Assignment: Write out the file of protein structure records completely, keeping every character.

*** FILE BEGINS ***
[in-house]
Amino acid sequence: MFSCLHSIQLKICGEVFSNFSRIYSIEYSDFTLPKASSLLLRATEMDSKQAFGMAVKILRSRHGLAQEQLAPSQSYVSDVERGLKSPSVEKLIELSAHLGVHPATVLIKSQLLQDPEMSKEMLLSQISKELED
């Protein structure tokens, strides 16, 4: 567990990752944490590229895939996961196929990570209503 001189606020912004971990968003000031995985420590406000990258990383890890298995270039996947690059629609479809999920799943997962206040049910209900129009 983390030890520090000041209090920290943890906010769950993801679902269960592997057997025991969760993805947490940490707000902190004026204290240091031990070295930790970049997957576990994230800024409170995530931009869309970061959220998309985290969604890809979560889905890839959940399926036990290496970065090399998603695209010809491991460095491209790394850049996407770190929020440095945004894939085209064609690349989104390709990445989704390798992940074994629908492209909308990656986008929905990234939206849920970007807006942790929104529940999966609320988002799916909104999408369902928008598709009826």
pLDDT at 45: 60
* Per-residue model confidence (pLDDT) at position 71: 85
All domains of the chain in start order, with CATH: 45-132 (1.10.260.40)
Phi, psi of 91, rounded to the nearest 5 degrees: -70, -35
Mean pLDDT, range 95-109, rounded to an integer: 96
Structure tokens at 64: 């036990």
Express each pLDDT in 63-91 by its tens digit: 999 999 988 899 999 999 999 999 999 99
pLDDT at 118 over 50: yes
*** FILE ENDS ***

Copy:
[in-house]
Amino acid sequence: MFSCLHSIQLKICGEVFSNFSRIYSIEYSDFTLPKASSLLLRATEMDSKQAFGMAVKILRSRHGLAQEQLAPSQSYVSDVERGLKSPSVEKLIELSAHLGVHPATVLIKSQLLQDPEMSKEMLLSQISKELED
């Protein structure tokens, strides 16, 4: 567990990752944490590229895939996961196929990570209503 001189606020912004971990968003000031995985420590406000990258990383890890298995270039996947690059629609479809999920799943997962206040049910209900129009 983390030890520090000041209090920290943890906010769950993801679902269960592997057997025991969760993805947490940490707000902190004026204290240091031990070295930790970049997957576990994230800024409170995530931009869309970061959220998309985290969604890809979560889905890839959940399926036990290496970065090399998603695209010809491991460095491209790394850049996407770190929020440095945004894939085209064609690349989104390709990445989704390798992940074994629908492209909308990656986008929905990234939206849920970007807006942790929104529940999966609320988002799916909104999408369902928008598709009826």
pLDDT at 45: 60
* Per-residue model confidence (pLDDT) at position 71: 85
All domains of the chain in start order, with CATH: 45-132 (1.10.260.40)
Phi, psi of 91, rounded to the nearest 5 degrees: -70, -35
Mean pLDDT, range 95-109, rounded to an integer: 96
Structure tokens at 64: 């036990």
Express each pLDDT in 63-91 by its tens digit: 999 999 988 899 999 999 999 999 999 99
pLDDT at 118 over 50: yes